"Accepting same sex marriage no. Accepting homosexuals yes. I think that's already been the case," said Dave Willweber, Mauka Makai Ministries, SB1HB1 opponent.

"I'm disappointed but I'm not surprised. We've already voiced our opposition but we knew from the beginning this was a rushed session. It was already stacked against us," said Klayton Ko, First Assembly of God Pastor, SB1HB1 opponent. "Once the Constitution is not respected then everything else is open for any kind of law that's passed."

"You know we forgive them. I love them still. I'm just a little confused and we'll get over it too. We'll all get over it," said Hoyos.

There was one disrespectful moment. While: supporters sang Aloha 'Oe. 

An opponent repeatedly said 'you don't deserve that song.'

read ... Undeserved

Gays: Kamehameha Was a Homo

BF: In Jan. 1778, Captain Cook arrived in the Hawaiian islands and wrote extensively in his journals about aikāne. The aikāne, Cook wrote, were young men with special sexual and political roles, who functioned as liaisons for the ali’i, including Kamehameha the Great, and Cook and his sailors. Negotiations led by aikāne influenced events at Kealakekua Bay where Cook was killed in Feb. 1778.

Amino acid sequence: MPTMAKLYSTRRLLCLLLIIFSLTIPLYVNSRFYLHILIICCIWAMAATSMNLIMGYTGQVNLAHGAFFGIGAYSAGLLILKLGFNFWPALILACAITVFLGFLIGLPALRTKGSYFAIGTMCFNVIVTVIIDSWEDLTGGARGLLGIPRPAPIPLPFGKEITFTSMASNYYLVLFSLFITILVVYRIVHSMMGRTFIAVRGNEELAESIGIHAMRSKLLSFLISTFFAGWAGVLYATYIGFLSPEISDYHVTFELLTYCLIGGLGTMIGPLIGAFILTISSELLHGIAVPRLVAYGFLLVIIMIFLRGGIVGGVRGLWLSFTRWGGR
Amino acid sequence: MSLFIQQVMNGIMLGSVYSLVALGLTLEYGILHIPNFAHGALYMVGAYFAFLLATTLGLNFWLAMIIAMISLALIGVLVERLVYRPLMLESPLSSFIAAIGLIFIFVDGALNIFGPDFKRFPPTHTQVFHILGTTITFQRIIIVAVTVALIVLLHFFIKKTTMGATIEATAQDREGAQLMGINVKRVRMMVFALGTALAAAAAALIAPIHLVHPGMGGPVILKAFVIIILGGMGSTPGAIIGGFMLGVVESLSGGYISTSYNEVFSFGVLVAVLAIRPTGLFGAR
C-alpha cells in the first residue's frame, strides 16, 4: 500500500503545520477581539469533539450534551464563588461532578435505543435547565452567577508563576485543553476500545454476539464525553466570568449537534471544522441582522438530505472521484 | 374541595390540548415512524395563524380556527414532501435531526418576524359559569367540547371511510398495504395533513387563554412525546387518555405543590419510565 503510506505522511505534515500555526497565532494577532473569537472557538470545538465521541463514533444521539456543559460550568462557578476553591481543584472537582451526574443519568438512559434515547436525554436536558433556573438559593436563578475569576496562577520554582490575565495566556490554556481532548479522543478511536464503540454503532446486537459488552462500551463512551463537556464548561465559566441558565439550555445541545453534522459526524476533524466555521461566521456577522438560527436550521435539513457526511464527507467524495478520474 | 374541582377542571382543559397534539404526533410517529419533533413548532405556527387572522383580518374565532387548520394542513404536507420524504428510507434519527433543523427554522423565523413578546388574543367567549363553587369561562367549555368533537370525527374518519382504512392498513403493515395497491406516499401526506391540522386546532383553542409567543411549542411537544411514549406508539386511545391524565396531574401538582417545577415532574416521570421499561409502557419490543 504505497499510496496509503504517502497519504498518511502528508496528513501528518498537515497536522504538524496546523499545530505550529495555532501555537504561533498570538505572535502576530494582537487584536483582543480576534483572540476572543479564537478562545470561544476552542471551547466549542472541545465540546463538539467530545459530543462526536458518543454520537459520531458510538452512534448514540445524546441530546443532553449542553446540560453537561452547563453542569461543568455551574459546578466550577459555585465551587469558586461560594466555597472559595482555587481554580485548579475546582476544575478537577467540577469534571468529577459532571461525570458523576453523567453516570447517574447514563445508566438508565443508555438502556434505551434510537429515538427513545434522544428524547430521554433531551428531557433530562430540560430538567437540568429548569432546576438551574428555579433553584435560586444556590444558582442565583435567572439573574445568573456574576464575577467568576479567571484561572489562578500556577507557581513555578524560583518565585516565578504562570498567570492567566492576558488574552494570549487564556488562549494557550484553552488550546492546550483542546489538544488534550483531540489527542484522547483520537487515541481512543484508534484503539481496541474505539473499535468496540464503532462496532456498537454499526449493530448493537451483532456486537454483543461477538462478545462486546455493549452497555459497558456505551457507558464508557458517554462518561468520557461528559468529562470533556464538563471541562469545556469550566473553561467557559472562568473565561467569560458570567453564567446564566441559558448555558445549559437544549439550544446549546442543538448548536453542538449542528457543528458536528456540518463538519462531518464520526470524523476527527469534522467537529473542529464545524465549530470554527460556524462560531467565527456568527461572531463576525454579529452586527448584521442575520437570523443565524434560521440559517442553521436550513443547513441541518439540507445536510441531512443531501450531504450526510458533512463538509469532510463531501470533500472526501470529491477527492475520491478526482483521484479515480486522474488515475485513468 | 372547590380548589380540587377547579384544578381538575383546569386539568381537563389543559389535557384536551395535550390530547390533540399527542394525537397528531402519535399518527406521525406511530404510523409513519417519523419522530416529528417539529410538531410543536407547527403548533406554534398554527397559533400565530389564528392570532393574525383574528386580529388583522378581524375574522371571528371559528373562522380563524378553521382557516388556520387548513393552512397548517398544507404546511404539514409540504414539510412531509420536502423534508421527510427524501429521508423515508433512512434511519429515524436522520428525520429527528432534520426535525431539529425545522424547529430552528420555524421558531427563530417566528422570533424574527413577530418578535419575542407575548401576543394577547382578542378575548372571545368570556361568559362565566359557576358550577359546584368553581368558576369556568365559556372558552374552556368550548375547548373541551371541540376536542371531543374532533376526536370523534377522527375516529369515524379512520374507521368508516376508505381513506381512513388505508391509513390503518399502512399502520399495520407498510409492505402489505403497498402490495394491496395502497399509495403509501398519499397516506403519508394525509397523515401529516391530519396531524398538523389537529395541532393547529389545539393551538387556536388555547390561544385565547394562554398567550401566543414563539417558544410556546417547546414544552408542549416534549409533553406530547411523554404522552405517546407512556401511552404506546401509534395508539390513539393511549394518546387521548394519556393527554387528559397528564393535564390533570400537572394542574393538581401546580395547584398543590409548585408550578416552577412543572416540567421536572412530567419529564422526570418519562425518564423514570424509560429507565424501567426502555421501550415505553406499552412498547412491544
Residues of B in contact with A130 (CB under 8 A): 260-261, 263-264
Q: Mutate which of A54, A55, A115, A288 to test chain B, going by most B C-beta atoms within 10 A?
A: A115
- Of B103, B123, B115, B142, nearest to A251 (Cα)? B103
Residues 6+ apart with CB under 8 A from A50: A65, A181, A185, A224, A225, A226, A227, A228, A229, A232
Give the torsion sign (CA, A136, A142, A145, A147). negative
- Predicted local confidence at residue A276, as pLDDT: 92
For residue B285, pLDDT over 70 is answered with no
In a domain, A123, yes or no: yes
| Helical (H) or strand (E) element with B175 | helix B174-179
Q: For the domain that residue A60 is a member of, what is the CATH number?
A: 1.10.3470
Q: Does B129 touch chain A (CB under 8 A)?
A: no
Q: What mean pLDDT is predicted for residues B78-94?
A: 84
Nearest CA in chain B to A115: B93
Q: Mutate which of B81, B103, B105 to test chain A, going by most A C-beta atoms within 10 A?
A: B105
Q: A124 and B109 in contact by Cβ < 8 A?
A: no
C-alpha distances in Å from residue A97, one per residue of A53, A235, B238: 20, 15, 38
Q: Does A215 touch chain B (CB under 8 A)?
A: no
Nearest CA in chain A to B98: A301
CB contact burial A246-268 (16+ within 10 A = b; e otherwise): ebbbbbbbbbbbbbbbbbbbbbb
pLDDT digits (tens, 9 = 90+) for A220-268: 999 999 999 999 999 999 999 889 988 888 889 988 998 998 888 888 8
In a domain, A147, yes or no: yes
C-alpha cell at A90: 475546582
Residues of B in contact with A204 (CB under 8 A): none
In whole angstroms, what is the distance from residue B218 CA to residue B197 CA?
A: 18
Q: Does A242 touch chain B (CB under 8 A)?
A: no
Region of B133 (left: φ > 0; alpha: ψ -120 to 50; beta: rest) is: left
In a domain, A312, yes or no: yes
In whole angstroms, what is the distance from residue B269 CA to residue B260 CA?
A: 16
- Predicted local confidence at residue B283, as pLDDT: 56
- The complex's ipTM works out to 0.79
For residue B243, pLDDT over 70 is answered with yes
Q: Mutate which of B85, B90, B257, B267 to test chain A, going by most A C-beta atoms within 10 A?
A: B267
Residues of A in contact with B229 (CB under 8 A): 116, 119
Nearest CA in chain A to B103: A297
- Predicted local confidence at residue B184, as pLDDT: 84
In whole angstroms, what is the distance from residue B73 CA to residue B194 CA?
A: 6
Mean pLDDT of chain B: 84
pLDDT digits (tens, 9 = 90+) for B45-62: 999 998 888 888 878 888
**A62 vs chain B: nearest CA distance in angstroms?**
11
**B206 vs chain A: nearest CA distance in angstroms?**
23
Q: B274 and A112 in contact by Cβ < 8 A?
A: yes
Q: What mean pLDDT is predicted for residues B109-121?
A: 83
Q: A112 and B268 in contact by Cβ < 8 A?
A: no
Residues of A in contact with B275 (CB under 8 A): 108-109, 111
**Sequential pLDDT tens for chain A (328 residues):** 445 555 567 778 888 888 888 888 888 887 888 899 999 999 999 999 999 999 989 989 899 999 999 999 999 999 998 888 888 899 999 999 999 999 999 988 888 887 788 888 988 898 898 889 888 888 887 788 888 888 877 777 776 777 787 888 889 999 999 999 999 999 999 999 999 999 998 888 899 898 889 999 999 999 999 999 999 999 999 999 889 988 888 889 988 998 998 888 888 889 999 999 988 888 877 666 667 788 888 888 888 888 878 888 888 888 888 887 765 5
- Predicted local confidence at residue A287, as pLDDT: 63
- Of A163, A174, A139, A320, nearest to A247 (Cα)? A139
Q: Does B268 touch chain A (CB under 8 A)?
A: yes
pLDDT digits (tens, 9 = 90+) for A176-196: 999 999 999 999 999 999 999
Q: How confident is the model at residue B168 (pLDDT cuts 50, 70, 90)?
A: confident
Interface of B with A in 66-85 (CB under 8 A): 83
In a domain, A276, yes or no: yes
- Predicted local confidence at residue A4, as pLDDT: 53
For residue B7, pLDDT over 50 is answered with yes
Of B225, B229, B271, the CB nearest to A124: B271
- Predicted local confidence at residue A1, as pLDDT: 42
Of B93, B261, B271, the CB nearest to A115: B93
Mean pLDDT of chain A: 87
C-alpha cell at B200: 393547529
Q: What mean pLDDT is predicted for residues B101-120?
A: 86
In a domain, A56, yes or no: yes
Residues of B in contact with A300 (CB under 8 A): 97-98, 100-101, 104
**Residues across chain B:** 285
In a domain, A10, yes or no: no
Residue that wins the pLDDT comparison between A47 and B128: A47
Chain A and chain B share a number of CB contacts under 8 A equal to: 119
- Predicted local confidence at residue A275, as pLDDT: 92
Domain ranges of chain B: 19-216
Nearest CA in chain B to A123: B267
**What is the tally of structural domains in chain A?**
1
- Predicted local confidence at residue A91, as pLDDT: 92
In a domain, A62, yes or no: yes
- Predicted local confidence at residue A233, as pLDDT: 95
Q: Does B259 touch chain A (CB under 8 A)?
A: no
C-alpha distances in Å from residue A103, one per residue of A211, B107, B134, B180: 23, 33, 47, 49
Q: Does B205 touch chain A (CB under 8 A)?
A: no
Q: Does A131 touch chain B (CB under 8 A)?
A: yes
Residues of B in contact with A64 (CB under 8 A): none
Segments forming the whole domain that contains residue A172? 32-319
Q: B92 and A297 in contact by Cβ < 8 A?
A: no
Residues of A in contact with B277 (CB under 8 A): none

Kamehameha the Great was not the only ali’i to have aikāne relationships, Kamehameha III ruled the Kingdom of Hawaii for a period with Kaomi, his half-Tahitian lover, to the horror of Calvinist missionaries.

(Akamai readers will note that this story supports the idea that homosexuality is a behavior and a choice, not an in-born 'identity.'   Oooops.)

read … Gays Claim Everyone Was one of them

Miscellaneous Gay Marriage Articles

Changes to GMO bill nixed, Luddite Mob Targets Papayas, Landscaping

HTH: County Council Chair J Yoshimoto is dropping his proposed amendments to Bill 113 after receiving negative feedback from the public.

The amendments would have exempted the horticulture industry from the bill’s ban on open-air use of transgenic crops, removed a registry for modified plants, and allowed the planning commissions to hear proposals for emergency exemptions....

Yoshimoto said late Monday he filed them to address criticism of the bill from the horticulture industry, papaya growers and other testifiers.

Not Exempted: GMO Marijuana

read ... Luddite Mob Rule 

Private help for public hospitals

SA: The difficulty faced by public facilities under the umbrella of the Hawaii Health Systems Corp. is partly one that's inherent to rural hospitals. Costs are high and the needs are great, but the population base is too small to support a health system that is not carefully limited. The problem seemed most acute on Kauai but other islands face the same challenge.